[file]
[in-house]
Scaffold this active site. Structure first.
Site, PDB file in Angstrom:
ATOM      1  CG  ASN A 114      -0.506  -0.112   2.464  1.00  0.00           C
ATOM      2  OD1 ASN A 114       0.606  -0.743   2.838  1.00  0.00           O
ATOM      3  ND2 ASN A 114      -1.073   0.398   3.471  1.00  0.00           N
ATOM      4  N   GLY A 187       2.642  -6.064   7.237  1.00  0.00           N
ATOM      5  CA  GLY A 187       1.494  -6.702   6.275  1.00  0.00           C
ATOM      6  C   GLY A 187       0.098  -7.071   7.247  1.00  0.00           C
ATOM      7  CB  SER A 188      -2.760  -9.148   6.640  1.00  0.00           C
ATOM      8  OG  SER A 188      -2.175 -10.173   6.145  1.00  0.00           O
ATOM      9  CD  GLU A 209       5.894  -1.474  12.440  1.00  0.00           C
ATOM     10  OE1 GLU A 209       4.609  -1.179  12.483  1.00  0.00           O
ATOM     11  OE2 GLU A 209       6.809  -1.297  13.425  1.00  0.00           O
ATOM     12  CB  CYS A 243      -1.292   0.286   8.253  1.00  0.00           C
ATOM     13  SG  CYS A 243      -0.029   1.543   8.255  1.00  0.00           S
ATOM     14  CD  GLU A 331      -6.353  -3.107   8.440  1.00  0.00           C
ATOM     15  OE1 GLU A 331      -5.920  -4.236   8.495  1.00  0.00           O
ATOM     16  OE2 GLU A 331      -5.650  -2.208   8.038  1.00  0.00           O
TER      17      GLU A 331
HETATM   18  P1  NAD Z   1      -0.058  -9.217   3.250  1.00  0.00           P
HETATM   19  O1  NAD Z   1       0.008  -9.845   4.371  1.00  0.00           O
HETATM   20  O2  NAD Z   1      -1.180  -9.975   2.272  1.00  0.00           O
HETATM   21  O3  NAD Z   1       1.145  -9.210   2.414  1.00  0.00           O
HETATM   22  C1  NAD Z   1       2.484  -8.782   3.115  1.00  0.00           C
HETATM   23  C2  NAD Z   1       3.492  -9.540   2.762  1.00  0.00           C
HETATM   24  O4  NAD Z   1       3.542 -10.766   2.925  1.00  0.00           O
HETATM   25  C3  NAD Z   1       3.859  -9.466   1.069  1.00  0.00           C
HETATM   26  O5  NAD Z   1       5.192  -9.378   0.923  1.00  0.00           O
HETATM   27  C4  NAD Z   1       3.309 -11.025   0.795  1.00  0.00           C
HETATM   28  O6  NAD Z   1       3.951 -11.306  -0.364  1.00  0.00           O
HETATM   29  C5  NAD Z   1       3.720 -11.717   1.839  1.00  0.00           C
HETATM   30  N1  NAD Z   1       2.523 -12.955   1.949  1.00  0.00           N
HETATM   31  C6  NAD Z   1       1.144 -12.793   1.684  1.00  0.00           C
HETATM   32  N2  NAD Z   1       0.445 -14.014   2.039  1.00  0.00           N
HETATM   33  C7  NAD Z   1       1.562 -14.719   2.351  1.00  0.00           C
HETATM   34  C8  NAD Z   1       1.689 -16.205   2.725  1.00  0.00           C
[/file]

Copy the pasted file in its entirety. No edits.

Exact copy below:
[in-house]
Scaffold this active site. Structure first.
Site, PDB file in Angstrom:
ATOM      1  CG  ASN A 114      -0.506  -0.112   2.464  1.00  0.00           C
ATOM      2  OD1 ASN A 114       0.606  -0.743   2.838  1.00  0.00           O
ATOM      3  ND2 ASN A 114      -1.073   0.398   3.471  1.00  0.00           N
ATOM      4  N   GLY A 187       2.642  -6.064   7.237  1.00  0.00           N
ATOM      5  CA  GLY A 187       1.494  -6.702   6.275  1.00  0.00           C
ATOM      6  C   GLY A 187       0.098  -7.071   7.247  1.00  0.00           C
ATOM      7  CB  SER A 188      -2.760  -9.148   6.640  1.00  0.00           C
ATOM      8  OG  SER A 188      -2.175 -10.173   6.145  1.00  0.00           O
ATOM      9  CD  GLU A 209       5.894  -1.474  12.440  1.00  0.00           C
ATOM     10  OE1 GLU A 209       4.609  -1.179  12.483  1.00  0.00           O
ATOM     11  OE2 GLU A 209       6.809  -1.297  13.425  1.00  0.00           O
ATOM     12  CB  CYS A 243      -1.292   0.286   8.253  1.00  0.00           C
ATOM     13  SG  CYS A 243      -0.029   1.543   8.255  1.00  0.00           S
ATOM     14  CD  GLU A 331      -6.353  -3.107   8.440  1.00  0.00           C
ATOM     15  OE1 GLU A 331      -5.920  -4.236   8.495  1.00  0.00           O
ATOM     16  OE2 GLU A 331      -5.650  -2.208   8.038  1.00  0.00           O
TER      17      GLU A 331
HETATM   18  P1  NAD Z   1      -0.058  -9.217   3.250  1.00  0.00           P
HETATM   19  O1  NAD Z   1       0.008  -9.845   4.371  1.00  0.00           O
HETATM   20  O2  NAD Z   1      -1.180  -9.975   2.272  1.00  0.00           O
HETATM   21  O3  NAD Z   1       1.145  -9.210   2.414  1.00  0.00           O
HETATM   22  C1  NAD Z   1       2.484  -8.782   3.115  1.00  0.00           C
HETATM   23  C2  NAD Z   1       3.492  -9.540   2.762  1.00  0.00           C
HETATM   24  O4  NAD Z   1       3.542 -10.766   2.925  1.00  0.00           O
HETATM   25  C3  NAD Z   1       3.859  -9.466   1.069  1.00  0.00           C
HETATM   26  O5  NAD Z   1       5.192  -9.378   0.923  1.00  0.00           O
HETATM   27  C4  NAD Z   1       3.309 -11.025   0.795  1.00  0.00           C
HETATM   28  O6  NAD Z   1       3.951 -11.306  -0.364  1.00  0.00           O
HETATM   29  C5  NAD Z   1       3.720 -11.717   1.839  1.00  0.00           C
HETATM   30  N1  NAD Z   1       2.523 -12.955   1.949  1.00  0.00           N
HETATM   31  C6  NAD Z   1       1.144 -12.793   1.684  1.00  0.00           C
HETATM   32  N2  NAD Z   1       0.445 -14.014   2.039  1.00  0.00           N
HETATM   33  C7  NAD Z   1       1.562 -14.719   2.351  1.00  0.00           C
HETATM   34  C8  NAD Z   1       1.689 -16.205   2.725  1.00  0.00           C